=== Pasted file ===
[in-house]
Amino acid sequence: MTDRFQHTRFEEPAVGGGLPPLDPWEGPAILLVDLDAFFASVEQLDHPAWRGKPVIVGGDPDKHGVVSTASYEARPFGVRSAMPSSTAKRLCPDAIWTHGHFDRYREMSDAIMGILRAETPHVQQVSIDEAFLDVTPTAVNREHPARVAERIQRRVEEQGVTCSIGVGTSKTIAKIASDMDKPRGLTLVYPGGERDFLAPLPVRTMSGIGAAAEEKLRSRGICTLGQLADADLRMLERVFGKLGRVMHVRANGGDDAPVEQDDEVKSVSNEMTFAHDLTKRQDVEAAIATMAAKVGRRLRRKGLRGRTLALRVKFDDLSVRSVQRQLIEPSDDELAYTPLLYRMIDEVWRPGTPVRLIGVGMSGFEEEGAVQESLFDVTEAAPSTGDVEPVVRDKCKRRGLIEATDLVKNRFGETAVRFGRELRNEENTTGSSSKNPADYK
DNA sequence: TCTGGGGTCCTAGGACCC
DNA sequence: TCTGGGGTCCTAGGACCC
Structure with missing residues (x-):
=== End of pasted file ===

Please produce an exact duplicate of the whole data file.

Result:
[in-house]
Amino acid sequence: MTDRFQHTRFEEPAVGGGLPPLDPWEGPAILLVDLDAFFASVEQLDHPAWRGKPVIVGGDPDKHGVVSTASYEARPFGVRSAMPSSTAKRLCPDAIWTHGHFDRYREMSDAIMGILRAETPHVQQVSIDEAFLDVTPTAVNREHPARVAERIQRRVEEQGVTCSIGVGTSKTIAKIASDMDKPRGLTLVYPGGERDFLAPLPVRTMSGIGAAAEEKLRSRGICTLGQLADADLRMLERVFGKLGRVMHVRANGGDDAPVEQDDEVKSVSNEMTFAHDLTKRQDVEAAIATMAAKVGRRLRRKGLRGRTLALRVKFDDLSVRSVQRQLIEPSDDELAYTPLLYRMIDEVWRPGTPVRLIGVGMSGFEEEGAVQESLFDVTEAAPSTGDVEPVVRDKCKRRGLIEATDLVKNRFGETAVRFGRELRNEENTTGSSSKNPADYK
DNA sequence: TCTGGGGTCCTAGGACCC
DNA sequence: TCTGGGGTCCTAGGACCC
Structure with missing residues (x-):